John Patitucci Irmãos de Fé
he sensual and passionate music of Brazil is the theme of this LP, the first release in Newvelle Records' second series. Like its predecessors, it features a studio session with frontline jazz players captured in exceptional sound and pressed on pristine vinyl. Veteran leader, session man, two-time Grammy winner and bassist John Patitucci leads his trio through songs by several of Brazil's finest composers, including Milton Nascimento, Egberto Gismonti, Antonio Carlos Jobim and Chico Buarque. The atmosphere is tropical and lazy-day relaxed, the tunes a perfect garnish for a chilled caipirinha.
Side one opens with "Irmão De Fé," a haunting melody from Milton Nascimento, one of Brazils most prominent singer-songwriters. Its an angular, disjointed piece showcasing Yokam Silbersteins ethereal guitar and Patituccis acoustic bass. "Catavento" follows, a jaunty tune by Nascimento featuring more of Silbersteins liquid guitar. "Prum Samba," a beautiful composition by Brazils enigmatic Egberto Gismonti, is next, oozing intrigue and mystery, sounding as if it were lifted from a late-'50s film noir. Patitucci gently caresses his acoustic bass in advance of Silbersteins airy guitar. Gorgeous! "Desvairada" offers a change of pace from somber to lively. However, with all due respect to the composer, Anibal Augusto Sardinha, this choro sounds to me like a page from a guitar-students book of scale studies. Silberstein does acquit himself quite well here, negotiating the lines with ease. Closing the side is the introspective ode to lost love, "Olha Maria." It is another pensive tune featuring Patitucci on bowed acoustic bass with Silbersteins guitar serving as smart accompaniment. Im no fan of arco bass. To me it too often sounds like the bow on the depressed string is searching for the right pitch. Not so here -- Patitucci makes his instrument sing.
"Samba do Grande Amor" begins the second side with spot-on harmonics courtesy of Silbersteins fluid guitar. The dance feel is intoxicating. Midway into the song, Patitucci demonstrates his mastery of his custom Yamaha semi-hollow-body electric bass. I wanted more after the tune suddenly came to an end. "As Vitrines," a haunting ballad with Patitucci on his woody-sounding acoustic bass, is next. Both he and Yokam shine on this one, plucking beautiful lines from the chords in this barely moving song. "Nilopolitano" is a busy tune with all players thinking as one. If it were played in a club, youd be hard-pressed to dance to this one, but musicians in the audience would be pleased. Its as linear as a ruler, with everyone at the top of his game. "Sinhá" concludes the album with Patitucci on his Yamaha again and a pensive intro guaranteed to give your woofers a workout. With the additional low-B string on the bass, frequency extension dips south of 40Hz. I should also mention percussionist Rogerio Bocattos presence here and throughout the album. It's sensed more often than heard -- he propels the music with unobtrusive energy.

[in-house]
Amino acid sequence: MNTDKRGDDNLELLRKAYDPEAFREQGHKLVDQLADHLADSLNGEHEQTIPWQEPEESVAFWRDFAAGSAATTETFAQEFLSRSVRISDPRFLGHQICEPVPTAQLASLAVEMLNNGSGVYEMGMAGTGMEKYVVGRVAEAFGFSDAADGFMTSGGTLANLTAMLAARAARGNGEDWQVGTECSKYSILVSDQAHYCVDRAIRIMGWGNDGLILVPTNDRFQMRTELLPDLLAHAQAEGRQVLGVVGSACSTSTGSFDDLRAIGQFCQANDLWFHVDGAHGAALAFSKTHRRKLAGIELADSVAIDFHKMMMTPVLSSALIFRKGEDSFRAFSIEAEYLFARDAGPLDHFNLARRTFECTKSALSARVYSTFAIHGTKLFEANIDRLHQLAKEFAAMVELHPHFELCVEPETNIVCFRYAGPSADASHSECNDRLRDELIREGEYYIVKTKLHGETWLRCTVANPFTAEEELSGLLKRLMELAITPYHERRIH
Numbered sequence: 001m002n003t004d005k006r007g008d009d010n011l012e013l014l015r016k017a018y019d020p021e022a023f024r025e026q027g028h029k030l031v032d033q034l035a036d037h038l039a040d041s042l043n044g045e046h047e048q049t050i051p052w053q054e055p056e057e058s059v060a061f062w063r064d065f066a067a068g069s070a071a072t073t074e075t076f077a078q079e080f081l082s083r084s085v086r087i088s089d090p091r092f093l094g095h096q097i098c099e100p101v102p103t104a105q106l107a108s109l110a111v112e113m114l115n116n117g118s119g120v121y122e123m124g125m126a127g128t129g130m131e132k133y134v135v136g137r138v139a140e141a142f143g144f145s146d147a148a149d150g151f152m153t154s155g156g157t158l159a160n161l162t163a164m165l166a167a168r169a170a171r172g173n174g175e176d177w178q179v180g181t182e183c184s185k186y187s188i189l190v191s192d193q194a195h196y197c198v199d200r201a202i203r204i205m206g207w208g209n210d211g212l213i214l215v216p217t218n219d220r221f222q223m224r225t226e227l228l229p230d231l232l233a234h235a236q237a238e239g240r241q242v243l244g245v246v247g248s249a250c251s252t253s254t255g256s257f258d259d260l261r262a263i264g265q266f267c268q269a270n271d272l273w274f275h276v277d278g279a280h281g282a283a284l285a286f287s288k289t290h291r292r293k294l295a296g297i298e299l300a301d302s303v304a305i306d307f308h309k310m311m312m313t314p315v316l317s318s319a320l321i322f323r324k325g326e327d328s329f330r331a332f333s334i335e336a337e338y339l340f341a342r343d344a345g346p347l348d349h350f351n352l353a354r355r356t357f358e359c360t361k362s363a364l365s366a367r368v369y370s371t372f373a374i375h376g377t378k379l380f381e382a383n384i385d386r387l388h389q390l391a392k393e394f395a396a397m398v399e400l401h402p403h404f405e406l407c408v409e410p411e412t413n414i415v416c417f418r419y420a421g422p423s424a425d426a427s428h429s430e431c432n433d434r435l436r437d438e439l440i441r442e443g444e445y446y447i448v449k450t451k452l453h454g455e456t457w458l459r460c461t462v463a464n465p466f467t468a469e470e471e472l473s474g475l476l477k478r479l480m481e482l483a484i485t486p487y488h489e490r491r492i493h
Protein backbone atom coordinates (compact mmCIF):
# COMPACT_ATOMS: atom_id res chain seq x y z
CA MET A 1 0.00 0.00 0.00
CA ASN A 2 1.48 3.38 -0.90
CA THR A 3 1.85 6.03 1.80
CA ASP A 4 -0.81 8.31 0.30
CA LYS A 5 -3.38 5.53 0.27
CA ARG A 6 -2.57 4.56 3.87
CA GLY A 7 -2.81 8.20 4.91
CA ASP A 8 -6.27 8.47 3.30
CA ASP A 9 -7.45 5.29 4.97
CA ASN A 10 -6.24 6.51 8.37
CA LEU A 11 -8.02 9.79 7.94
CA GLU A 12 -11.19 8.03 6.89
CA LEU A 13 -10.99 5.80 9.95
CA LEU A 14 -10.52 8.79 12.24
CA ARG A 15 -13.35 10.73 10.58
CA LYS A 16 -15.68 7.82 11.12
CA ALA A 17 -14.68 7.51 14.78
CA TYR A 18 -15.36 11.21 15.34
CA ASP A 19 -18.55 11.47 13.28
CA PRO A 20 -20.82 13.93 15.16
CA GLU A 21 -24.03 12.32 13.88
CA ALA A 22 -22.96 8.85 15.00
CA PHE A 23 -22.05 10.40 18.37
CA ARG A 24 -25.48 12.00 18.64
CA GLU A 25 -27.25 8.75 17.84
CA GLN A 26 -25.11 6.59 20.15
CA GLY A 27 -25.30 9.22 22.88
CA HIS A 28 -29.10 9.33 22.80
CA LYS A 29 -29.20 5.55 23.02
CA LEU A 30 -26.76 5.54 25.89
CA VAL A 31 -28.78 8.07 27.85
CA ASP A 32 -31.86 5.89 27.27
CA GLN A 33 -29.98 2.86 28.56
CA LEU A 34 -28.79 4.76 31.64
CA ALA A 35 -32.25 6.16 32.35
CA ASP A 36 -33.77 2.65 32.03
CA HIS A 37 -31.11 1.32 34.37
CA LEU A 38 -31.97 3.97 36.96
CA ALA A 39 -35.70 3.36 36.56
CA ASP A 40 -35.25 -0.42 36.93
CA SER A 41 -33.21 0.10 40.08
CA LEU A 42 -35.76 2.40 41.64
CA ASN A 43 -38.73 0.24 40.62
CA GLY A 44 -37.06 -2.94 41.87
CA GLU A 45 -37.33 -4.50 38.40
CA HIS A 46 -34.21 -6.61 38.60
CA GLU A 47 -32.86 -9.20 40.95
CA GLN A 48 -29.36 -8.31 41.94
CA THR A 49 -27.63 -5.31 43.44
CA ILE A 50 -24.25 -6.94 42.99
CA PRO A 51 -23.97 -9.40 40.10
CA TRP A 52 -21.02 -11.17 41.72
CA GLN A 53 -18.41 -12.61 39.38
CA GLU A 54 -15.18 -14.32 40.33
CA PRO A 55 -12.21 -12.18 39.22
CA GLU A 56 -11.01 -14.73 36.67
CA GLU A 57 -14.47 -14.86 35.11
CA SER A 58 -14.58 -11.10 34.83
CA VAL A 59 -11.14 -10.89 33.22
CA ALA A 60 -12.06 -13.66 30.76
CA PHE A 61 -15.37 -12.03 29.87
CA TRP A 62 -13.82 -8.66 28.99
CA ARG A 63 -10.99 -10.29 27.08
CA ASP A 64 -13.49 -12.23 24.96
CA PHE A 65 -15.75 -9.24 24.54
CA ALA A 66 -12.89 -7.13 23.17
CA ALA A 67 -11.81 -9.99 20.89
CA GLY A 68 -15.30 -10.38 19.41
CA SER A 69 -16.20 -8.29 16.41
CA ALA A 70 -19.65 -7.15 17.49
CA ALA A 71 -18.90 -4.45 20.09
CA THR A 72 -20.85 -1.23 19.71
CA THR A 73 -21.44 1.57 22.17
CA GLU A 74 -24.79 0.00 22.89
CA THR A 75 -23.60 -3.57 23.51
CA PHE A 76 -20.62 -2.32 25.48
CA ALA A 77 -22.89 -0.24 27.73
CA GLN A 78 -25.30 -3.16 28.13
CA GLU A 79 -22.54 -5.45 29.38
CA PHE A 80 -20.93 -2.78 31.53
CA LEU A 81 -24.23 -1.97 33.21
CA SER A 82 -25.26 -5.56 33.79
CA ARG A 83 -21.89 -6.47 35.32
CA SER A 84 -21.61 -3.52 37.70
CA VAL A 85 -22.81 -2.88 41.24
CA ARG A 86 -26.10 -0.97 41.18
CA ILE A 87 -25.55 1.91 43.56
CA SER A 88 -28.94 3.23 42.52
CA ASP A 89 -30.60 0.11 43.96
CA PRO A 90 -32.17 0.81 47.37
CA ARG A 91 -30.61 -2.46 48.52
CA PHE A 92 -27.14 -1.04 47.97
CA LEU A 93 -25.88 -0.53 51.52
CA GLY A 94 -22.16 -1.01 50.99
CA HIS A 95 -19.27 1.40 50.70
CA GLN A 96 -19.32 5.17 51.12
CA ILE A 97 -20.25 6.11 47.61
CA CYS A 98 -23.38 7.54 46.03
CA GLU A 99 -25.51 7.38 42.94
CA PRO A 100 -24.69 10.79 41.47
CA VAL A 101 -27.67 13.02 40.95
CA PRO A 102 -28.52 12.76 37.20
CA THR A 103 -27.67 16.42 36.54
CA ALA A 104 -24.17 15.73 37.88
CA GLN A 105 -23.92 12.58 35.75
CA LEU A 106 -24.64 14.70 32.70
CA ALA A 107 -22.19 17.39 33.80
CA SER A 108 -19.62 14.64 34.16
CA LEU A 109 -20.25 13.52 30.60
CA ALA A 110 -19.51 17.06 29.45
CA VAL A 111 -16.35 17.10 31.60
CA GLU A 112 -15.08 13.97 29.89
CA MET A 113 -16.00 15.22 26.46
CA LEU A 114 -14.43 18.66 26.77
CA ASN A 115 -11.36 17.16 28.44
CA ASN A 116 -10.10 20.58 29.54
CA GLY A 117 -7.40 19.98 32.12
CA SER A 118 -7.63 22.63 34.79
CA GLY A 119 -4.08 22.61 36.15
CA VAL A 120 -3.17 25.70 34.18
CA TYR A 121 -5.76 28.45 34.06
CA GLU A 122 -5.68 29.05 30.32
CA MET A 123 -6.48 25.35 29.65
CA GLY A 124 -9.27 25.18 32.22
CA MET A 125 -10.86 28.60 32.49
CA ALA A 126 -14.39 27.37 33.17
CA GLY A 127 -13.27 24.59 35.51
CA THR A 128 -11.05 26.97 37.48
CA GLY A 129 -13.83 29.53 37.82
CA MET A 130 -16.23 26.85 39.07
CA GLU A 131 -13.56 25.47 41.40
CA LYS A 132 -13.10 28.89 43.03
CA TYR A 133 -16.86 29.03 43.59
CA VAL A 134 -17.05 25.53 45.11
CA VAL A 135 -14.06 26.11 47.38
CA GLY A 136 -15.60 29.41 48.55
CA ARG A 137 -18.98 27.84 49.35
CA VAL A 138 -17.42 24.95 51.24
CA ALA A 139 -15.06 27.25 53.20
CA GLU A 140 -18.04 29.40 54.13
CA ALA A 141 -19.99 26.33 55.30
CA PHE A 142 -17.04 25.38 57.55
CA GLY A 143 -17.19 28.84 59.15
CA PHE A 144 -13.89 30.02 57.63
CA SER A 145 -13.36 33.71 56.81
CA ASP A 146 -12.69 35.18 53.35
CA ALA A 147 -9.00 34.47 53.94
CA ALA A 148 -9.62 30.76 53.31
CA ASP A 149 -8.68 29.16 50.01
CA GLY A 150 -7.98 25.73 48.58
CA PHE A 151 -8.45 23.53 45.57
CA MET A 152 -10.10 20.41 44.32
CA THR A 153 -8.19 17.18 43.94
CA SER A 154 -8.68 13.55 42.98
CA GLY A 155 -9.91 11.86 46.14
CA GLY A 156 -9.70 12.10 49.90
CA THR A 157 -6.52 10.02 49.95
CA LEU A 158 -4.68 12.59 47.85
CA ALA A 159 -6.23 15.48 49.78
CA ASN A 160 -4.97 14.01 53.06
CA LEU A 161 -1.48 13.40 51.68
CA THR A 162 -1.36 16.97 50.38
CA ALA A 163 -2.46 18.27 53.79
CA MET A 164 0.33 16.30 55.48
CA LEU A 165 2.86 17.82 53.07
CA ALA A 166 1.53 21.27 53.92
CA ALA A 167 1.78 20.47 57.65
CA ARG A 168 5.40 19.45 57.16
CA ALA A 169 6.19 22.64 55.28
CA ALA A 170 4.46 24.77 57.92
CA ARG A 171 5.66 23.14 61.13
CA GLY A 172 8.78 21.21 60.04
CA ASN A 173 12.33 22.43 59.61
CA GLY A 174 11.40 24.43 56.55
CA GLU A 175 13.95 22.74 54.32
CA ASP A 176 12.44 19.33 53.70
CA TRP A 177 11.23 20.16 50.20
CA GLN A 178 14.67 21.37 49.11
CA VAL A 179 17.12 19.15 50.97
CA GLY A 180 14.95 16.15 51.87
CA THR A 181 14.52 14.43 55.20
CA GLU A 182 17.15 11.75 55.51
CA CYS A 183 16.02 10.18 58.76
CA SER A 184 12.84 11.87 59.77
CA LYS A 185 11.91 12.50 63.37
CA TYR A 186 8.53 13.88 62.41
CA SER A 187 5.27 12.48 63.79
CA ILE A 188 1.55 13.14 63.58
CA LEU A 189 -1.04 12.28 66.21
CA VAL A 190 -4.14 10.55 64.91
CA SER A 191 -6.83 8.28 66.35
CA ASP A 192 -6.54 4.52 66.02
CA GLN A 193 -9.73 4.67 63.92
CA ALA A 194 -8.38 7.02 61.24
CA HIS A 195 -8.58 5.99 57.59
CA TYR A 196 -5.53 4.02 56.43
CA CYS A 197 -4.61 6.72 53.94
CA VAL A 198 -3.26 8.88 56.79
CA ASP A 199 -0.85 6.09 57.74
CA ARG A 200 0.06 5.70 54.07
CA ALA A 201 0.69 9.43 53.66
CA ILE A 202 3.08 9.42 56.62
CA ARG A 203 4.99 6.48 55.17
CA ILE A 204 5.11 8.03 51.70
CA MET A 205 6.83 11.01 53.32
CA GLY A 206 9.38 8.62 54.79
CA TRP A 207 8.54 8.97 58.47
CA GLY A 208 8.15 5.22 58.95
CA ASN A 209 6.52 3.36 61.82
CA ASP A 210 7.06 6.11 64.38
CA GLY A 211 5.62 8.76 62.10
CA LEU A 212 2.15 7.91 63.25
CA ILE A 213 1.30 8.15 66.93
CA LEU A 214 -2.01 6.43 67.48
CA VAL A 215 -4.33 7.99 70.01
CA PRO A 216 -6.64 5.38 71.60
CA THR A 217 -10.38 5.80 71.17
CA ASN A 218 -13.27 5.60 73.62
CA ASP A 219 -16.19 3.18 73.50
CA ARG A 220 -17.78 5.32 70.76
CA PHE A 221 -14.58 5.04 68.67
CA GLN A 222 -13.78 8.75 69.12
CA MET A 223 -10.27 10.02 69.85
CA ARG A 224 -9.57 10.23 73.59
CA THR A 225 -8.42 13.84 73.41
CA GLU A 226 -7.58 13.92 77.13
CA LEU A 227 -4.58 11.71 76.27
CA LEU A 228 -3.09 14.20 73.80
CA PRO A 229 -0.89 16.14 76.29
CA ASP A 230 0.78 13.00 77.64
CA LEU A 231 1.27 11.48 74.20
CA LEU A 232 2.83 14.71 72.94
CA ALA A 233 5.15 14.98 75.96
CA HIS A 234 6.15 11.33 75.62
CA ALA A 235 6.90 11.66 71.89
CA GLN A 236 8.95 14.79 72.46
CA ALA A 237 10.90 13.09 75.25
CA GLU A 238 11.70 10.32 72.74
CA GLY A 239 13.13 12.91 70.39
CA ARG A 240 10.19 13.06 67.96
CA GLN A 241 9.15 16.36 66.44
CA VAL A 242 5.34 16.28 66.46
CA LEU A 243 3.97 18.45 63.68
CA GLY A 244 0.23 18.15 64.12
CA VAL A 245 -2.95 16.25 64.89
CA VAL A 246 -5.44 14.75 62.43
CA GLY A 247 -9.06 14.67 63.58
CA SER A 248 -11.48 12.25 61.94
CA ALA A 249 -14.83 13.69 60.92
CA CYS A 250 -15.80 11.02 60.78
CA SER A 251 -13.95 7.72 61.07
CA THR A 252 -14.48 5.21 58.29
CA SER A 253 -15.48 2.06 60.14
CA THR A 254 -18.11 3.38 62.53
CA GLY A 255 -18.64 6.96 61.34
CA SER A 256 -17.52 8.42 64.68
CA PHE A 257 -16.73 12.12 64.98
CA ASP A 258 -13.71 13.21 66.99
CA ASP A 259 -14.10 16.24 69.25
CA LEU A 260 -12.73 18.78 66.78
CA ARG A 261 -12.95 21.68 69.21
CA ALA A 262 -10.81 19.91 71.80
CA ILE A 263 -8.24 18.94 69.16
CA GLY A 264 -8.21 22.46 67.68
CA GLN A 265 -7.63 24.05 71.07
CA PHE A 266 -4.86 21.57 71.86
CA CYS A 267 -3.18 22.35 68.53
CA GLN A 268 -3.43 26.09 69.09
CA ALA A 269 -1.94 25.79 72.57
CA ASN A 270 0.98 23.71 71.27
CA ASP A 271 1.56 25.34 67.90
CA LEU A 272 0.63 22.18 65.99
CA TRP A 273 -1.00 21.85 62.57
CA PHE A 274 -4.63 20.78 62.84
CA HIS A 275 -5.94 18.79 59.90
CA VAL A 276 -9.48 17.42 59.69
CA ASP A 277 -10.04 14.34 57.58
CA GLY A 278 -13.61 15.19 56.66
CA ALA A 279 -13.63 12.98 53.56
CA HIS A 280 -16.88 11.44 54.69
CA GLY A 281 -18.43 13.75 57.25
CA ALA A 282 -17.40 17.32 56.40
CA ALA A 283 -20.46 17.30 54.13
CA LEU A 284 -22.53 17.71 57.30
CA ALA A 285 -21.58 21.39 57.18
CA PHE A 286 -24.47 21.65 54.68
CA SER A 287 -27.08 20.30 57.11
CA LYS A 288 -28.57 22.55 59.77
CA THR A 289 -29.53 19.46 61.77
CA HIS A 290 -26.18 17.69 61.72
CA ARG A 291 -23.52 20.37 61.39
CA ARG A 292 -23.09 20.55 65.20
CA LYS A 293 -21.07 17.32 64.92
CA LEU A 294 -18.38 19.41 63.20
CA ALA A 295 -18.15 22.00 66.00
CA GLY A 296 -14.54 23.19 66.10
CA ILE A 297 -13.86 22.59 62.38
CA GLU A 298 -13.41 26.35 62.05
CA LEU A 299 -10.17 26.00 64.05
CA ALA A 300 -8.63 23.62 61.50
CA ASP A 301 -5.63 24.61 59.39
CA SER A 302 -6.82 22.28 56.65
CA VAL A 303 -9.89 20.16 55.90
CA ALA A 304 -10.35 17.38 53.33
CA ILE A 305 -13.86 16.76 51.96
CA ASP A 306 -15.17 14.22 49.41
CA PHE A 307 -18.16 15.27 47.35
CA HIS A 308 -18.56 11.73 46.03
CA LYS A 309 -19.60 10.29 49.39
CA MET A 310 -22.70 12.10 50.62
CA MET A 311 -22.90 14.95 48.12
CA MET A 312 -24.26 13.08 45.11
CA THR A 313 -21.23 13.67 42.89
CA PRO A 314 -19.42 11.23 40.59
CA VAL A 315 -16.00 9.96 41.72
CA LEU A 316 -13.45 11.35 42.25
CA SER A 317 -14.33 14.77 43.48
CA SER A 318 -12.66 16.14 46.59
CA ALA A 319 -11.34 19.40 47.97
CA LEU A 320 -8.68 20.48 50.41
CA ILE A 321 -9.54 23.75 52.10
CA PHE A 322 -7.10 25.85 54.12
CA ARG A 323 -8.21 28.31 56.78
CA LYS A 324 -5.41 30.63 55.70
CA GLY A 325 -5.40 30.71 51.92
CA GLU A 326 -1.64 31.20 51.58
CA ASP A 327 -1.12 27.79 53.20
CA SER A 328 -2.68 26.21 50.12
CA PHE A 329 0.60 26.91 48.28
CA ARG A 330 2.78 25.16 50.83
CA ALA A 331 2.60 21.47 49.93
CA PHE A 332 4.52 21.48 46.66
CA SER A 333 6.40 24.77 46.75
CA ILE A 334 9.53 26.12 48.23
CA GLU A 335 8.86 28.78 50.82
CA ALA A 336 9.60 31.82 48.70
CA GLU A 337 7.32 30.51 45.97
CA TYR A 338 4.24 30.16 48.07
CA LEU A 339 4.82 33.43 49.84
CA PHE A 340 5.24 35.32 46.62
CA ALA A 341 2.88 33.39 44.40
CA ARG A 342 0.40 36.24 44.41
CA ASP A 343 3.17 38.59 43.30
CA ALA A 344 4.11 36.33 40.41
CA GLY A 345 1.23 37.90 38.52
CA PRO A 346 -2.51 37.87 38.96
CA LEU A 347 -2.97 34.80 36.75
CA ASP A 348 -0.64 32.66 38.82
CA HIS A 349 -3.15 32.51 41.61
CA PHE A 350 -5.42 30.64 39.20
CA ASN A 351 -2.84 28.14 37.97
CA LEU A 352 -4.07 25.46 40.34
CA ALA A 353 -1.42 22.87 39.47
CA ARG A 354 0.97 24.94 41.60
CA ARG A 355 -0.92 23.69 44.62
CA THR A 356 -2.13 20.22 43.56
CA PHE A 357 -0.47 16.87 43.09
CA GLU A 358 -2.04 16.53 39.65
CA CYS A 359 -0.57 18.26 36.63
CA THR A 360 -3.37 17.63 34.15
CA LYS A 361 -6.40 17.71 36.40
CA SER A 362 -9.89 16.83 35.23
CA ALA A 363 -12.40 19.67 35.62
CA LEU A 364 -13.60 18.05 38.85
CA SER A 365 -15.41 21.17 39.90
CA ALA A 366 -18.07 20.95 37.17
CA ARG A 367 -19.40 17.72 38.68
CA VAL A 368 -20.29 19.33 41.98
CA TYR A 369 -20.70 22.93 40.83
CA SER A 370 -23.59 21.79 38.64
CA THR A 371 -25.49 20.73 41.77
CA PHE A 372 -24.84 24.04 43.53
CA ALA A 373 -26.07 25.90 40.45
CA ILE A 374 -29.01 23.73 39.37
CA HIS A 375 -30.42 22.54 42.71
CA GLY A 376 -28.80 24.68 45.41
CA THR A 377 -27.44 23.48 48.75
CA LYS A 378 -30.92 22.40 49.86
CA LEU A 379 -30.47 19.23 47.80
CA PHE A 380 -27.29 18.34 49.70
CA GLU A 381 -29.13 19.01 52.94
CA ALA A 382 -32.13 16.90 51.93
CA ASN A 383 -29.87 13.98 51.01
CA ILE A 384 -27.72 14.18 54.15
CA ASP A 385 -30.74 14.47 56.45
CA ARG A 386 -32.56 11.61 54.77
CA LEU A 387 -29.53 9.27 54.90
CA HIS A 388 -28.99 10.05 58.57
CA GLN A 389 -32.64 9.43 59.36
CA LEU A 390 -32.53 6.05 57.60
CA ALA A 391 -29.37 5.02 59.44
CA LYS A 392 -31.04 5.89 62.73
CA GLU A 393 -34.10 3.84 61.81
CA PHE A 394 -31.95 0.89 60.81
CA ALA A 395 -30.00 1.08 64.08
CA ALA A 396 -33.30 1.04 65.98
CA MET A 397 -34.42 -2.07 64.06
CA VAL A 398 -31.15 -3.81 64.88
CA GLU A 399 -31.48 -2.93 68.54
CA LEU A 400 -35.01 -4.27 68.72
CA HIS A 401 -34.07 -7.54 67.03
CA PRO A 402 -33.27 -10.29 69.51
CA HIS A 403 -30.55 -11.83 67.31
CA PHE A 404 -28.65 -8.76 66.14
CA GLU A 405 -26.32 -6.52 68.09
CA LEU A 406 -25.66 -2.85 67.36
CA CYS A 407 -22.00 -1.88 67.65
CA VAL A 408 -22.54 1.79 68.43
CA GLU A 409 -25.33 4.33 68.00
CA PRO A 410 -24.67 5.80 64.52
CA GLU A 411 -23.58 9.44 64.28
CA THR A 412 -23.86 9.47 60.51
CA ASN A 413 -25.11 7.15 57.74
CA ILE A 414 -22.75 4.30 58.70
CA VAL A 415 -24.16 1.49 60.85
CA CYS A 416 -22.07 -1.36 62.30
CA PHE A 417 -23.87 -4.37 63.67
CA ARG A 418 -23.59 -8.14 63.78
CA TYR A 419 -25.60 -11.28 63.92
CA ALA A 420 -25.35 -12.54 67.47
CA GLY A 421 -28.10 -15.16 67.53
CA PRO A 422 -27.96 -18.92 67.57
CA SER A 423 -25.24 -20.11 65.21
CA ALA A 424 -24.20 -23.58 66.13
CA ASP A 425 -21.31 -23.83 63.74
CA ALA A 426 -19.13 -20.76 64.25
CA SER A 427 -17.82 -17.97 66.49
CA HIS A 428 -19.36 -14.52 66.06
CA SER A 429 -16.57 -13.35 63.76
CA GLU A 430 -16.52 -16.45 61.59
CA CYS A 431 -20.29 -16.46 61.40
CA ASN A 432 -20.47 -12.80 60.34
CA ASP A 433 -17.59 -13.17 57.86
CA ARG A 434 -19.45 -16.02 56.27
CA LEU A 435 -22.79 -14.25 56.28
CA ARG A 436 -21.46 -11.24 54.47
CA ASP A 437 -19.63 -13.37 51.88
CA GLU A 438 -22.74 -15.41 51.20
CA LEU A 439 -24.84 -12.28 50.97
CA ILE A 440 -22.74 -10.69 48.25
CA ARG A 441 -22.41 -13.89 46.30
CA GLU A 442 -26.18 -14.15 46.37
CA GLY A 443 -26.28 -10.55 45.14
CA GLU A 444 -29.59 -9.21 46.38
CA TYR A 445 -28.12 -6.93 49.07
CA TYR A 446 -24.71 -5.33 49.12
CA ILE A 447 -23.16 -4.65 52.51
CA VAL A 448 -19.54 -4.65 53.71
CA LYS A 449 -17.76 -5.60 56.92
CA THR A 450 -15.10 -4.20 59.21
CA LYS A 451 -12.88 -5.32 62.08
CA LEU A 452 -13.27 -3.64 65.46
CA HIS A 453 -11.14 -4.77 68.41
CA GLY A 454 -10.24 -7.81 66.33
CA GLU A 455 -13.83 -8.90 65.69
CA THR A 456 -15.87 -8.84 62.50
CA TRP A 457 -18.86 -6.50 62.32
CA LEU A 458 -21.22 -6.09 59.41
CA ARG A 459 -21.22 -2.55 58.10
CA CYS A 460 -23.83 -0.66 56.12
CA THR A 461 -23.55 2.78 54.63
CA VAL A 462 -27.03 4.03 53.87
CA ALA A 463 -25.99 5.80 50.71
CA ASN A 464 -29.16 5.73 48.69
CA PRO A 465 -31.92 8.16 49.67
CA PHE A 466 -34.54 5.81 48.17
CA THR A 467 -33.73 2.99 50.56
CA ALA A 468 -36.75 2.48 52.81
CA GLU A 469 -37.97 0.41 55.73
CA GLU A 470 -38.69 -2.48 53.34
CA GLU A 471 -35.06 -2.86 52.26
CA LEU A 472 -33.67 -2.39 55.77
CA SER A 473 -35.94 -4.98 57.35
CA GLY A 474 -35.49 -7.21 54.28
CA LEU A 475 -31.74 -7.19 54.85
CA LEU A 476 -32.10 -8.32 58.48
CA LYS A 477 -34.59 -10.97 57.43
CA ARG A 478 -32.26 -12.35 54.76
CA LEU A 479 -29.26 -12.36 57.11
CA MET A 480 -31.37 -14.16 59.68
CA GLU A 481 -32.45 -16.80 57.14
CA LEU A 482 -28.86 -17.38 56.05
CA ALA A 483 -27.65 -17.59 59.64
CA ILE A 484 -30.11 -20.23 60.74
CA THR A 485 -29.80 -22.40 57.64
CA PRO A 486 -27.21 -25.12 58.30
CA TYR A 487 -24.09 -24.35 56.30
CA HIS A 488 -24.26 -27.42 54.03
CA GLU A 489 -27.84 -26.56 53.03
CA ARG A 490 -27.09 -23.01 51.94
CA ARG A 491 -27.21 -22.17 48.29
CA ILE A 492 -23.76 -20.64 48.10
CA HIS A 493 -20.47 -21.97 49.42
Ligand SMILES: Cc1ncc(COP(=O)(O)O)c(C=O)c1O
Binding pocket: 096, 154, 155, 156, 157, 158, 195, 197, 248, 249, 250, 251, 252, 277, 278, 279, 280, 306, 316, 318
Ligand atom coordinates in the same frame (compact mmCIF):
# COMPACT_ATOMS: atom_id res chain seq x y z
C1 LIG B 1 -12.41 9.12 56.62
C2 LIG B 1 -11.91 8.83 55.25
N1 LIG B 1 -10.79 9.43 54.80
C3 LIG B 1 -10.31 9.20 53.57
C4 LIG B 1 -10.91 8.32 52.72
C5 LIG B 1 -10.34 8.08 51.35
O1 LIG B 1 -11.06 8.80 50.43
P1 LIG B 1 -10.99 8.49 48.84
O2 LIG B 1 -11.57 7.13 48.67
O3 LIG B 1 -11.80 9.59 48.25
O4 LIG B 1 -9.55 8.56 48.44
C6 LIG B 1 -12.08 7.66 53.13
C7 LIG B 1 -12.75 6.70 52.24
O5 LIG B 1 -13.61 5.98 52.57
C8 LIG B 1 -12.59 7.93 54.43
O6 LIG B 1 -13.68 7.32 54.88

As with previous Newvelle Records releases, I found the packaging to be drop-dead gorgeous. This time it features a Meyer photo sourced from the French collective Tendance Floue gracing the front of the sturdy, matte-finished gatefold cover. Inside, a more mysterious photo by Jerome Brezillon unfolds. The heavyweight, translucent vinyl is flawless and dead quiet, courtesy of the French MPO pressing. The uncompressed sound puts you within reach of the musicians, thanks to Marc Ursellis engineering, East Side Sounds studio and Alex DeTurks mastering at Masterdisk. As with other Newvelle releases, there are two inner sleeves. The one containing the record is plain white and lined with vinyl-friendly tissue paper. The other is thicker and glossy, and it contains producers notes and lyrics to the songs "Olha Maria" and "Sinhá."
There is neither a harsh nor unharmonious note on this quietly reflective album. Its as refreshing as an ocean breeze on a warm, sunny day, and its tranquility will lift your spirits, providing the perfect elixir for these cantankerous times. It is an artfully constructed object that radiates elegance -- like all of the Newvelle Records releases I've encountered so far.
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